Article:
"We expect a roller-coaster here and we expect setbacks," Gary Doer said in an interview.
He said lawmakers will probably move on to other issues for a while, then return to Keystone. Congress is in a dispute over immigration rules — which has gotten so bitter that it's prompted a standoff that could throttle funding after this week to the Department of Homeland Security.
Soon, Doer said, there will be more occasions to discuss the long-delayed Alberta-to-Texas pipeline. He said there's already talk in Washington of attaching a pipeline provision to a big infrastructure or budget bill. It could be a lot more difficult for the president to veto that kind of legislation.
"We believe people are going to work towards getting broader proposals," Doer said, adding that he didn't want to wade into a domestic political debate.
A first bill to build the pipeline landed on President Barack Obama's desk this week and he immediately vetoed it. He said it's up to him, not Congress, to make decisions on cross-border pipelines.
Doer also addressed a suggestion laid out in a public letter Wednesday by former New York mayor Michael Bloomberg.
Now a United Nations special envoy on climate change, Bloomberg suggested that Canada and the U.S. strike a bilateral climate deal in conjunction with Keystone XL.
Bloomberg floated the idea in a piece titled, "Keystone Solution Runs Through Canada." He said that pipeline gives the U.S. great leverage to extract climate commitments from Canada and could help the economy while lowering emissions.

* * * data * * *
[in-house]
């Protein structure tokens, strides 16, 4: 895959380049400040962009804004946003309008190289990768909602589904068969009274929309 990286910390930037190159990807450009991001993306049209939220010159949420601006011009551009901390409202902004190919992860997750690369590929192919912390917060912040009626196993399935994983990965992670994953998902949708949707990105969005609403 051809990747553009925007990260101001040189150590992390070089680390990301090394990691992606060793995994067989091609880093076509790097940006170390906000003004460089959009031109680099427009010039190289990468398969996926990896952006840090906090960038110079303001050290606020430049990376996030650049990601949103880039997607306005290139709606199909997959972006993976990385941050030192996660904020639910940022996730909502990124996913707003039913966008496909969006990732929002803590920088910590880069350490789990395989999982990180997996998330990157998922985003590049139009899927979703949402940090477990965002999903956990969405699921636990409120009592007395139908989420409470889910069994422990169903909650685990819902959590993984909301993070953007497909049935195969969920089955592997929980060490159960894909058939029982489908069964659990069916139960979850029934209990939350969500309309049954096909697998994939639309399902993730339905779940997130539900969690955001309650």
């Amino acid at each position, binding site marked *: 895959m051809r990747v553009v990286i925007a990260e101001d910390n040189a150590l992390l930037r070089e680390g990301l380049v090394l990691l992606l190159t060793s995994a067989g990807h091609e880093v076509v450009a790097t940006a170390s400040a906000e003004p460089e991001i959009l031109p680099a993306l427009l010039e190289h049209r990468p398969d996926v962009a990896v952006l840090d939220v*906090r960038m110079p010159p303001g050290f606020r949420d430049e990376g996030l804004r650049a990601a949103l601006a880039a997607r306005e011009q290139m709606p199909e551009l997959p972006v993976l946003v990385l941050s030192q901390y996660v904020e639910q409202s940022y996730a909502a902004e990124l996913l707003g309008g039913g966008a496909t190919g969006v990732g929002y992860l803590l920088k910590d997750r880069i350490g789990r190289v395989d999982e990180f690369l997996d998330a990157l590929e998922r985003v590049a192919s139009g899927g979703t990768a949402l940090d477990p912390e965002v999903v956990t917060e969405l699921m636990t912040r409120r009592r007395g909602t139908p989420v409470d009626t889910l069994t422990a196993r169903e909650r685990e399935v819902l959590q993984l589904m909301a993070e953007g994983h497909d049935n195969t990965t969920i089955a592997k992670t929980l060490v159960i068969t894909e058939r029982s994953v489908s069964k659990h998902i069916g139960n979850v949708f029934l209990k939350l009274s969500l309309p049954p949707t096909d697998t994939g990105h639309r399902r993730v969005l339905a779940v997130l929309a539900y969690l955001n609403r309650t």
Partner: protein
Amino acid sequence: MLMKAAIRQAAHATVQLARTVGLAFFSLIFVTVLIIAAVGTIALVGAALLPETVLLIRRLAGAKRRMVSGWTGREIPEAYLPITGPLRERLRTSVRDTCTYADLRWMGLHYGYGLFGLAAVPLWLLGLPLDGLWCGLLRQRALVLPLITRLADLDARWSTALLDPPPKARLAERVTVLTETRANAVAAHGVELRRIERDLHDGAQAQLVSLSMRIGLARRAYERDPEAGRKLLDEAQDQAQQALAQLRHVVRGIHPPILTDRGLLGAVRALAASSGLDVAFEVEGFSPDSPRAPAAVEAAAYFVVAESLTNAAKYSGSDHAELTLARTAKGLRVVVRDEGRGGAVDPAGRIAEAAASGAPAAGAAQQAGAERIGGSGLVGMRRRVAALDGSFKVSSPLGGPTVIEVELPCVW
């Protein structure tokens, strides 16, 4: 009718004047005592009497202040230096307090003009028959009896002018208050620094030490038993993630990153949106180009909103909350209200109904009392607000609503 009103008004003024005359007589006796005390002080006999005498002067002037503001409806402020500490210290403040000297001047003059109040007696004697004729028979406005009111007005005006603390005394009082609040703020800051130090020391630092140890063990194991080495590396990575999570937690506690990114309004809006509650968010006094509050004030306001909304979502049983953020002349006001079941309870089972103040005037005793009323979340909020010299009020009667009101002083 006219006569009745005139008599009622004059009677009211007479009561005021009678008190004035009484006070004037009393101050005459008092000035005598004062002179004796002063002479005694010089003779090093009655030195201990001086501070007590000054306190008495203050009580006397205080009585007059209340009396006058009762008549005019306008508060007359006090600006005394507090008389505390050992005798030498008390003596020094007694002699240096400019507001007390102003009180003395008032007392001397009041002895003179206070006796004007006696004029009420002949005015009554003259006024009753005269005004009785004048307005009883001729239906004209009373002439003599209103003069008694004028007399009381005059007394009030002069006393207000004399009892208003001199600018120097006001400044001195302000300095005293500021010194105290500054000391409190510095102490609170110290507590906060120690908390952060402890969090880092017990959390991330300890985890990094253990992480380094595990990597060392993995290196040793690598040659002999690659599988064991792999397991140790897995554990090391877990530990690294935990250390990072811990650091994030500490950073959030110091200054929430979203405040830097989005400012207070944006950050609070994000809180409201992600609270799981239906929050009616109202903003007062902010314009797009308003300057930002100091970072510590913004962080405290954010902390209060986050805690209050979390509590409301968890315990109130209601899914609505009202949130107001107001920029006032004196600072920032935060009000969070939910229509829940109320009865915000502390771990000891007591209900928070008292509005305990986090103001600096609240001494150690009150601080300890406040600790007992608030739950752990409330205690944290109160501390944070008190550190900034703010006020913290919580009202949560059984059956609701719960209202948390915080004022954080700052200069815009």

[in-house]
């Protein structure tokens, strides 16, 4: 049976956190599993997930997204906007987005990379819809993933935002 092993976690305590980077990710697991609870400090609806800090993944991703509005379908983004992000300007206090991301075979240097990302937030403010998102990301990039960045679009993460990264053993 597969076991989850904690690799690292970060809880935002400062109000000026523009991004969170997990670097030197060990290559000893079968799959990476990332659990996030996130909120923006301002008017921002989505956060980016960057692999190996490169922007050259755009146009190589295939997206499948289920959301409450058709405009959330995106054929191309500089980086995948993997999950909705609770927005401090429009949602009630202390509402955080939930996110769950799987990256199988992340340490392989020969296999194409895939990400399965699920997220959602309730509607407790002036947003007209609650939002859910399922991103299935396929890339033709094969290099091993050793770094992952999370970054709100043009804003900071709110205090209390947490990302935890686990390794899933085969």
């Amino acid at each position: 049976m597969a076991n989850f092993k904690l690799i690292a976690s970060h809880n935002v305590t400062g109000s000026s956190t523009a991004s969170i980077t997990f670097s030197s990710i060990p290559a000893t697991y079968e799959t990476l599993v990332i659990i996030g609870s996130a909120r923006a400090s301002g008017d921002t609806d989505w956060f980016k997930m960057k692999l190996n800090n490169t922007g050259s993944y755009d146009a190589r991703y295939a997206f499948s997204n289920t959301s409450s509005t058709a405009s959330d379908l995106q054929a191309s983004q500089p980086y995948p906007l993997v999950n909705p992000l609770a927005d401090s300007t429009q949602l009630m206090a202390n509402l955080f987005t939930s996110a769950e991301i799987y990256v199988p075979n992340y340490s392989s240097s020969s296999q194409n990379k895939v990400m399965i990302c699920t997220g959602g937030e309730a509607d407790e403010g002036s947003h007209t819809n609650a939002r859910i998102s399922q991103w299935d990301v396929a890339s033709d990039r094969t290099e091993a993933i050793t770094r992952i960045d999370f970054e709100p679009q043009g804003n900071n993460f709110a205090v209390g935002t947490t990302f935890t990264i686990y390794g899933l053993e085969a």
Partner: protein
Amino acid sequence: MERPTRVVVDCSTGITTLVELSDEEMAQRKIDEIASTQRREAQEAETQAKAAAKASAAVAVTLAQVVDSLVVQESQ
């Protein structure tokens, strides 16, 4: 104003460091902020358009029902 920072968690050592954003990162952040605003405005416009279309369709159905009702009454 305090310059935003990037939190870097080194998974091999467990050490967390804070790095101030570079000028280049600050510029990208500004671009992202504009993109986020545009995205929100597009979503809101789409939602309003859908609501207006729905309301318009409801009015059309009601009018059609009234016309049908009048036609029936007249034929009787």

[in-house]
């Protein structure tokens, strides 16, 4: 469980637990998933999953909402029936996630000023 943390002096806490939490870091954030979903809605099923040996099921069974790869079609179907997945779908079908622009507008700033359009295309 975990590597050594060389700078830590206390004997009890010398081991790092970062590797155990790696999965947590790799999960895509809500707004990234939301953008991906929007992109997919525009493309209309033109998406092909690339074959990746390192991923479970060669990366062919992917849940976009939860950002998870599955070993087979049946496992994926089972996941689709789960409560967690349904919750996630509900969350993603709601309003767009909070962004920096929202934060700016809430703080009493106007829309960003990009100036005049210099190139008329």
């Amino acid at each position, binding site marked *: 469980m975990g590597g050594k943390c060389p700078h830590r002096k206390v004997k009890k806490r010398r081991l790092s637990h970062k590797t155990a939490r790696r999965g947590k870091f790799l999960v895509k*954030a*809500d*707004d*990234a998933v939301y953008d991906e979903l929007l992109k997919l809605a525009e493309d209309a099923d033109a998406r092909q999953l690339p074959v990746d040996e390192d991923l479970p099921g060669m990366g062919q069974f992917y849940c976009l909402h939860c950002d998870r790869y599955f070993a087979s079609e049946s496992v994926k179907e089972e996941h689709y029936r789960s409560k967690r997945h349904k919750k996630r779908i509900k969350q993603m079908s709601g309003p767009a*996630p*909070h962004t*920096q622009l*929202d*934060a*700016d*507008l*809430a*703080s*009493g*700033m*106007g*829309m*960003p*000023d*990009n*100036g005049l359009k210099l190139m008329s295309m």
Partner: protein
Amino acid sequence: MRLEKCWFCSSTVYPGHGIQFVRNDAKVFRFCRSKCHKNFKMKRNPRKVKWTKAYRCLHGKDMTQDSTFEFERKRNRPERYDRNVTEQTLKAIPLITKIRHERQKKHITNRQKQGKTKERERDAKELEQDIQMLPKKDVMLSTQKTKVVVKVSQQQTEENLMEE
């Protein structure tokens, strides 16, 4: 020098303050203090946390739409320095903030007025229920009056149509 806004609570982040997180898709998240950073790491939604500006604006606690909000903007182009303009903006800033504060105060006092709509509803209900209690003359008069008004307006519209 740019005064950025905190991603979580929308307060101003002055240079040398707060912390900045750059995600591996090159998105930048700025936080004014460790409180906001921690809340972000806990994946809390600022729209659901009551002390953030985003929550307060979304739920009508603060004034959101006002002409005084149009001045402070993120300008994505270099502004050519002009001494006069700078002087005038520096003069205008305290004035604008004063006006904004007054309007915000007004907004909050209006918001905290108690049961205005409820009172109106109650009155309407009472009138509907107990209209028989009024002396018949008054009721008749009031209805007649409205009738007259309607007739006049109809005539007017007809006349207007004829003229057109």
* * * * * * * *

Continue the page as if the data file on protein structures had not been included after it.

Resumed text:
Doer saluted the idea of a Canada-U.S. climate arrangement. He said the Canadian government has repeatedly offered to regulate oil and gas with the U.S. the way it did with automobile emissions, black carbon and ozone-depleting pollutants.
But he said that process couldn't be tied to Keystone, for legal reasons. He said Keystone would run into new court challenges should the regulatory process morph into a round of Canada-U.S. deal-making.
"On the issue of having a quid-pro-quo for Keystone — we think that's against the national-interest determination rules," Doer said, referring to the U.S. regulatory process for pipelines.
"It's the national-interest determination — not the international-interest determination... We would have lawyers opposed to this pipeline all over it.
"You can't do it as a deal. It would be legally challenged."
The pro-pipeline side made one more effort to weigh in on the regulatory process Wednesday. It sent the administration a letter challenging some of Obama's recent talking points on Keystone.
The letter from TransCanada Corp. quoted findings from a prominent energy consultant that all crude oil in the pipeline, or most of it, would be refined in the U.S. In addition, 70 per cent of the finished product would stay in the U.S., according to the study by IHS Energy.
Obama has suggested more than once that Keystone would not benefit the U.S. economy and would merely help transport Canadian oil overseas.
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